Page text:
MORROW: MOVING FORWARD
By Tyler Rosten
For many players at Pittsburgh Penguins’ Development Camp, a new chapter was being written in their professional careers. Those newly drafted, signed or invited got their first taste of what it takes to be a Pittsburgh Penguin. For defenseman and 2010 first-round draft pick Joe Morrow, it was his final development camp before entering the professional ranks this fall.
While the Penguins’ eighth overall draft pick of 2012 and former WHL teammate Derrick Pouliot skated knowing he can return to the Portland Winterhawks for another season, Morrow does not have that luxury. Completing his final year of eligibility at the junior level last season with a deep playoff run, Morrow now hopes to crack the deep depth of the current defensemen on the Penguins’ roster.
“You try and go out here and do your best and solidify your spot in this organization. That’s what I’m trying to do and I wouldn’t want to be anywhere else but here,” said Morrow.
Coming off the best statistical season of his junior career with Portland, Morrow is looking to cross the bridge into Pittsburgh. The nineteen-year-old Sherwood Park native registered career highs in goals (17), assists (47) and points (64) in 62 games this past season, ranking first among team defensemen in points and fourth overall on the team.
During the playoffs, Morrow continued his steady output with 17 points (4g-13a) in 22 games, sharing the lead among Portland d-men with Pouliot. Despite the effort of the blueline duo, the Winterhawks would lose in the Western Hockey League Final for the second straight year - this time to the Edmonton Oil Kings.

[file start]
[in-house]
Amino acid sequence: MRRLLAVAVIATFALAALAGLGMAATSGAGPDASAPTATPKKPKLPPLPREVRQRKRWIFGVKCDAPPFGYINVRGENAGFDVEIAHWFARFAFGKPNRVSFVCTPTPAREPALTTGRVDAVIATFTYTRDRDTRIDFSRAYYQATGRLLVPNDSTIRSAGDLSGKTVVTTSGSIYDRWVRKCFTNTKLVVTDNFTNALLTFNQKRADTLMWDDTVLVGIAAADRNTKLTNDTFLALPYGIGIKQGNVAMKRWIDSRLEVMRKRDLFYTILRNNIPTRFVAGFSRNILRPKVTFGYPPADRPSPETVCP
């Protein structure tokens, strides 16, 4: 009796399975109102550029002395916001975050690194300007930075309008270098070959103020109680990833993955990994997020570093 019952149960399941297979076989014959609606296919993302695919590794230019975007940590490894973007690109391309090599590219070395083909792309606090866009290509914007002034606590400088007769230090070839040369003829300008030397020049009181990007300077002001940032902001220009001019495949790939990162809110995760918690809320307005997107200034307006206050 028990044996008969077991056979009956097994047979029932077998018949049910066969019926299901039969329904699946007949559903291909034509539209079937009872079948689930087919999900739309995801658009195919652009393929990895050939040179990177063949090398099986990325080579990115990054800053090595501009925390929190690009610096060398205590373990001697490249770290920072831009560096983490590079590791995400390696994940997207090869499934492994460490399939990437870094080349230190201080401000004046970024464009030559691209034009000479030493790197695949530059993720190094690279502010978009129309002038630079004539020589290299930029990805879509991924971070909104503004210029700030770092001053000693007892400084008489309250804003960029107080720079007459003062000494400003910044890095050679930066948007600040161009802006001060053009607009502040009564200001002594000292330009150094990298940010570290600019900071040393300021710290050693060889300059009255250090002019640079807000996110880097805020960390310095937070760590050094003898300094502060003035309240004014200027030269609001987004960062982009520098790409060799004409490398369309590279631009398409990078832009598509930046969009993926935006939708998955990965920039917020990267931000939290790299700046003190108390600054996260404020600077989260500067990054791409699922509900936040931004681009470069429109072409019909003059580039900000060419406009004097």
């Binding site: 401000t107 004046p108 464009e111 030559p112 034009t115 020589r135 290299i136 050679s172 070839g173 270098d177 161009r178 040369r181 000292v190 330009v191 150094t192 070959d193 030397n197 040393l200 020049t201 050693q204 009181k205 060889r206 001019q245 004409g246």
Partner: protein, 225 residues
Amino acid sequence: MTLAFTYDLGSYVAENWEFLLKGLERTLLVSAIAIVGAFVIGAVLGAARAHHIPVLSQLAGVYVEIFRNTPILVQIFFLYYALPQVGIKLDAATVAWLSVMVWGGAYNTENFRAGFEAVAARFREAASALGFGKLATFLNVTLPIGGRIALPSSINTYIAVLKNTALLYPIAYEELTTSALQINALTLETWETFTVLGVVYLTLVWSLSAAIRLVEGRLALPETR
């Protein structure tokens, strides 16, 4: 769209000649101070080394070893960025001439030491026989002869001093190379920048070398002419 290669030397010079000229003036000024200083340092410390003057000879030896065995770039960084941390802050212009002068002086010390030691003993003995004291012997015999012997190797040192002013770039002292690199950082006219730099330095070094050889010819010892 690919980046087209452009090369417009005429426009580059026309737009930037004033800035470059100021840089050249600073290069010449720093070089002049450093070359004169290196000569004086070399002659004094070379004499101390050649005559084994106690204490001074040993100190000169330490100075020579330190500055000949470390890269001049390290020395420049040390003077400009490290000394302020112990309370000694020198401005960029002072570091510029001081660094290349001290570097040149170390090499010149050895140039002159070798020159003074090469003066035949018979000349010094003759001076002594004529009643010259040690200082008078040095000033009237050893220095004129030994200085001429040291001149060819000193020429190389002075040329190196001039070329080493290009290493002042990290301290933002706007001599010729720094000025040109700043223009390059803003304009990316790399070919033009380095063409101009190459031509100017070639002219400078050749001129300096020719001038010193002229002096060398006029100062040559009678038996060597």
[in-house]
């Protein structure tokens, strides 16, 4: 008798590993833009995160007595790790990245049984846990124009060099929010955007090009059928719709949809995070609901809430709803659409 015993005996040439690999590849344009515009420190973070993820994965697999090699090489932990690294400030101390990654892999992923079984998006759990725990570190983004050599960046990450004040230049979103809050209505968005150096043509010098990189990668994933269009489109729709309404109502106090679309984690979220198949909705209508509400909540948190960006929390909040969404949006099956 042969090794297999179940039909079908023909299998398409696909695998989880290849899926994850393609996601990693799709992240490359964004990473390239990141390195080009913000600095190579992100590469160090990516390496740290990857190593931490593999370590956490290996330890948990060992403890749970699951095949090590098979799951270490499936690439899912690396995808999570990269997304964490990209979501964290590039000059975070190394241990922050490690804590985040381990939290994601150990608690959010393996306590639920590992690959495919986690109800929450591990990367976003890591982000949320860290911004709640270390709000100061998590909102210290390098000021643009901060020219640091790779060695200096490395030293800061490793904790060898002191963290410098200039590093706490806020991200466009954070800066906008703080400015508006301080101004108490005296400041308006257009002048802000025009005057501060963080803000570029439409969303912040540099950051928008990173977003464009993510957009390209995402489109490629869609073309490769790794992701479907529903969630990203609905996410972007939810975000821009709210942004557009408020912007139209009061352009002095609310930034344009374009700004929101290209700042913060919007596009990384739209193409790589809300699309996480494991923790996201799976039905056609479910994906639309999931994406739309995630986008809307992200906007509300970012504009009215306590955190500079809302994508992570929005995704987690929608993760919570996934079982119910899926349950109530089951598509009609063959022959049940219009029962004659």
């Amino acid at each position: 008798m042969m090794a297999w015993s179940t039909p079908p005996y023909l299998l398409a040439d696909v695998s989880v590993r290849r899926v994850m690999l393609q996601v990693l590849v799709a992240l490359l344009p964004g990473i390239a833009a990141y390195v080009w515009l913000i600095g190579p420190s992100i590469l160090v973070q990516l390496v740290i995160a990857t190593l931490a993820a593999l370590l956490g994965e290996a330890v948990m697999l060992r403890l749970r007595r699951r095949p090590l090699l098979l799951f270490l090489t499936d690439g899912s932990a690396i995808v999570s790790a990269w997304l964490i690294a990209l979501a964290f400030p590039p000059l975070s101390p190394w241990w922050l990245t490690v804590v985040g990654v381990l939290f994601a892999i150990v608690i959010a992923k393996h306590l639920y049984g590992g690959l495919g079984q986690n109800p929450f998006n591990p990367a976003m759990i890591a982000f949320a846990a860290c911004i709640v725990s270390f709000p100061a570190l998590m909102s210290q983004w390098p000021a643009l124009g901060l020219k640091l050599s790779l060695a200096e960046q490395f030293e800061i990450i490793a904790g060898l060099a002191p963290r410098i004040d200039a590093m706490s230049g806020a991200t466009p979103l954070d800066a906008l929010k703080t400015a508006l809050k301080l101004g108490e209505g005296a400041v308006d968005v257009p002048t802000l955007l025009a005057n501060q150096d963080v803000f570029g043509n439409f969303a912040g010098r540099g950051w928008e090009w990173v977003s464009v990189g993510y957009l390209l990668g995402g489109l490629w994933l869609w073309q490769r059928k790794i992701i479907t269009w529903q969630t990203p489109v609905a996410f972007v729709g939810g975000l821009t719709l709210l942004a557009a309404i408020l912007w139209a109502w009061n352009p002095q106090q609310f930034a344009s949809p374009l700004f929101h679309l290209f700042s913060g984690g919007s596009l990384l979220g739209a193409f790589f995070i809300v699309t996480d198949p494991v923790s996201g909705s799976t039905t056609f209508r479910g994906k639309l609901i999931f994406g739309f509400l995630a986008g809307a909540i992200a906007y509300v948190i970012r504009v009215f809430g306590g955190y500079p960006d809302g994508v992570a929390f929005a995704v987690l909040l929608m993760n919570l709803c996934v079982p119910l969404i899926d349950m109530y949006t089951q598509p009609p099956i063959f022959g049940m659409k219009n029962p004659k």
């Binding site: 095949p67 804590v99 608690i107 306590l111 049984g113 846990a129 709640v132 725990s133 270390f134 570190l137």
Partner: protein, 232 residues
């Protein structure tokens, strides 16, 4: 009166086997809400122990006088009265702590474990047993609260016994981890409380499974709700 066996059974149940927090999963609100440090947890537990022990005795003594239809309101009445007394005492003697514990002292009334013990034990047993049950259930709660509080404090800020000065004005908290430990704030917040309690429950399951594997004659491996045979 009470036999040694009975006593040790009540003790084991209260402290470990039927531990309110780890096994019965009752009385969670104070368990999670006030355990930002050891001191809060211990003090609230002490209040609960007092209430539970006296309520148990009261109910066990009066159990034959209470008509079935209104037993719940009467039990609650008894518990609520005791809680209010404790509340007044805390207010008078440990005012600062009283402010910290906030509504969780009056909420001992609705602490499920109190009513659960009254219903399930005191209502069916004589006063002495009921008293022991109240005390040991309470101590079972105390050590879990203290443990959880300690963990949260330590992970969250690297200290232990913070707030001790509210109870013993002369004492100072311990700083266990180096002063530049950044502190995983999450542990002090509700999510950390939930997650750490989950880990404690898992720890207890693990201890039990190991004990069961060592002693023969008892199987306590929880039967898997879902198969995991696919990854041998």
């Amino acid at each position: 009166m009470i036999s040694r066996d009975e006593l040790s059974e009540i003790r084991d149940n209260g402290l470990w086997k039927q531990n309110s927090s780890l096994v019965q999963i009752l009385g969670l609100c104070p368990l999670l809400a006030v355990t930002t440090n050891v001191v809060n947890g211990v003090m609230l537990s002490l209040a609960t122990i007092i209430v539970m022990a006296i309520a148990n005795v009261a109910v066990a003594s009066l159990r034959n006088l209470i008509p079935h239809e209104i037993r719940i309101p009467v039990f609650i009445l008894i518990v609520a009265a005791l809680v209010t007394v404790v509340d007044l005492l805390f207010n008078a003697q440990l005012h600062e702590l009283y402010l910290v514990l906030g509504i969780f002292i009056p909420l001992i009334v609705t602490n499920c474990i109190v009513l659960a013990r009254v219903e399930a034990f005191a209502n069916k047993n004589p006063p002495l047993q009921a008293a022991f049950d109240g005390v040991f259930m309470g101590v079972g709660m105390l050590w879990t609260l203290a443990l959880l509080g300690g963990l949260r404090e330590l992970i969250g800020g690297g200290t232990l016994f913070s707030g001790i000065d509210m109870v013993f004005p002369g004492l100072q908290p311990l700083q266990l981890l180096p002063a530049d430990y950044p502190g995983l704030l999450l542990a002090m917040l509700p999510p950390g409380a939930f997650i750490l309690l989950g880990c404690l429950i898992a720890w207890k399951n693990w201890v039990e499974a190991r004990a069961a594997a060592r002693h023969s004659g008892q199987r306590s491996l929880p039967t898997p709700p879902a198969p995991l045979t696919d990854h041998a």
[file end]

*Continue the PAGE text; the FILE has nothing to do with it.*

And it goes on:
Morrow impressed many during Pittsburgh’s training camp last fall. So much so, that he was one of the last cuts by the Penguins before returning to his junior team. Now with his first pro season just over the horizon, Morrow isn’t concerned about exceeding expectations that follow him from last summer, rather just steady improvement.
“I just came in here trying to pick up where I left off and keep improving. Feeling more comfortable in this situation definitely helped,” Morrow said. “Coming back to the same coaches and the same guys around the room you can kind of judge where you are and if you’re making progress.”
Along with other development camp veterans like Nicholas D’Agostino, Reid McNeill and Scott Harrington, Morrow now has a better picture of the work, sacrifice, and commitment required to not only be a NHL defensemen, but also a Pittsburgh Penguin. He hopes that this experience along with his talent has him on pace to break through to the NHL ranks.